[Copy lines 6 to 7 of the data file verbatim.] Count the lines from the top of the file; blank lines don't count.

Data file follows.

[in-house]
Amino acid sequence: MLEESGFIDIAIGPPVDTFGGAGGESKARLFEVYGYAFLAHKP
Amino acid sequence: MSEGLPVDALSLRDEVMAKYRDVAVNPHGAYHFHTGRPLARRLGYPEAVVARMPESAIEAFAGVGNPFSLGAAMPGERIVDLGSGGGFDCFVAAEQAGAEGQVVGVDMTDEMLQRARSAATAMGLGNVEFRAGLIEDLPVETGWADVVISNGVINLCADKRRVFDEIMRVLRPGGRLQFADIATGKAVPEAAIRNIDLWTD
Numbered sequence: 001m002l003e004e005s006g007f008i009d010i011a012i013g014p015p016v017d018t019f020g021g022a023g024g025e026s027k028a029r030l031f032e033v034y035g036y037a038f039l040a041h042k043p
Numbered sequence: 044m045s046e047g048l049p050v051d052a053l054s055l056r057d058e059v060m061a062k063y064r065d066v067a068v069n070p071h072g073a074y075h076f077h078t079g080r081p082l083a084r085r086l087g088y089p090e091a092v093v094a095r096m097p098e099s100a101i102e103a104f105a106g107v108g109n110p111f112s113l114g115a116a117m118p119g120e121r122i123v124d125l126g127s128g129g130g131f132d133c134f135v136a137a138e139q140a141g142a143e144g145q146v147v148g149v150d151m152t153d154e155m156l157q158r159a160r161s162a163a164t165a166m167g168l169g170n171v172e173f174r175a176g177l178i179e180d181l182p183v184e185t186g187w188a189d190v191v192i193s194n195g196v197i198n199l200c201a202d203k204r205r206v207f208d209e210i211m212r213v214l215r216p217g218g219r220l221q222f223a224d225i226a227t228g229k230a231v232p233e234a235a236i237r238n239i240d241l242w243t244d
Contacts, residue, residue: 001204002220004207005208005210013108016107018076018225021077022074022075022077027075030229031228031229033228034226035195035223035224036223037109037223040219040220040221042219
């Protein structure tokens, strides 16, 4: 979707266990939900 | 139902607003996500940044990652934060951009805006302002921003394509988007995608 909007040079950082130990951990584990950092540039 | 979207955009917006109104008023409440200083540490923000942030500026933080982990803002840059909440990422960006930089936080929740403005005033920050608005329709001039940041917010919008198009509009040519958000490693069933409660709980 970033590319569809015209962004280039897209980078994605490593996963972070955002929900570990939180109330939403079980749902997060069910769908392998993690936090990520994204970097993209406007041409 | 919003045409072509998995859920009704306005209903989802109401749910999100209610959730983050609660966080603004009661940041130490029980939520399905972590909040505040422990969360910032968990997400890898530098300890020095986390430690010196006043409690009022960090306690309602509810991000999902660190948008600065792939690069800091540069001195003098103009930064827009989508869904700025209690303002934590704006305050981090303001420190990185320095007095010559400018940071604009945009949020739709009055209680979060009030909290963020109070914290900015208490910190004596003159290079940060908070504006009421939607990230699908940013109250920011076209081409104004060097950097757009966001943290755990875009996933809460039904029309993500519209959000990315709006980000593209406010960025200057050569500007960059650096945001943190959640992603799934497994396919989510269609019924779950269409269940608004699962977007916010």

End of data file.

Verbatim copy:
Contacts, residue, residue: 001204002220004207005208005210013108016107018076018225021077022074022075022077027075030229031228031229033228034226035195035223035224036223037109037223040219040220040221042219
């Protein structure tokens, strides 16, 4: 979707266990939900 | 139902607003996500940044990652934060951009805006302002921003394509988007995608 909007040079950082130990951990584990950092540039 | 979207955009917006109104008023409440200083540490923000942030500026933080982990803002840059909440990422960006930089936080929740403005005033920050608005329709001039940041917010919008198009509009040519958000490693069933409660709980 970033590319569809015209962004280039897209980078994605490593996963972070955002929900570990939180109330939403079980749902997060069910769908392998993690936090990520994204970097993209406007041409 | 919003045409072509998995859920009704306005209903989802109401749910999100209610959730983050609660966080603004009661940041130490029980939520399905972590909040505040422990969360910032968990997400890898530098300890020095986390430690010196006043409690009022960090306690309602509810991000999902660190948008600065792939690069800091540069001195003098103009930064827009989508869904700025209690303002934590704006305050981090303001420190990185320095007095010559400018940071604009945009949020739709009055209680979060009030909290963020109070914290900015208490910190004596003159290079940060908070504006009421939607990230699908940013109250920011076209081409104004060097950097757009966001943290755990875009996933809460039904029309993500519209959000990315709006980000593209406010960025200057050569500007960059650096945001943190959640992603799934497994396919989510269609019924779950269409269940608004699962977007916010």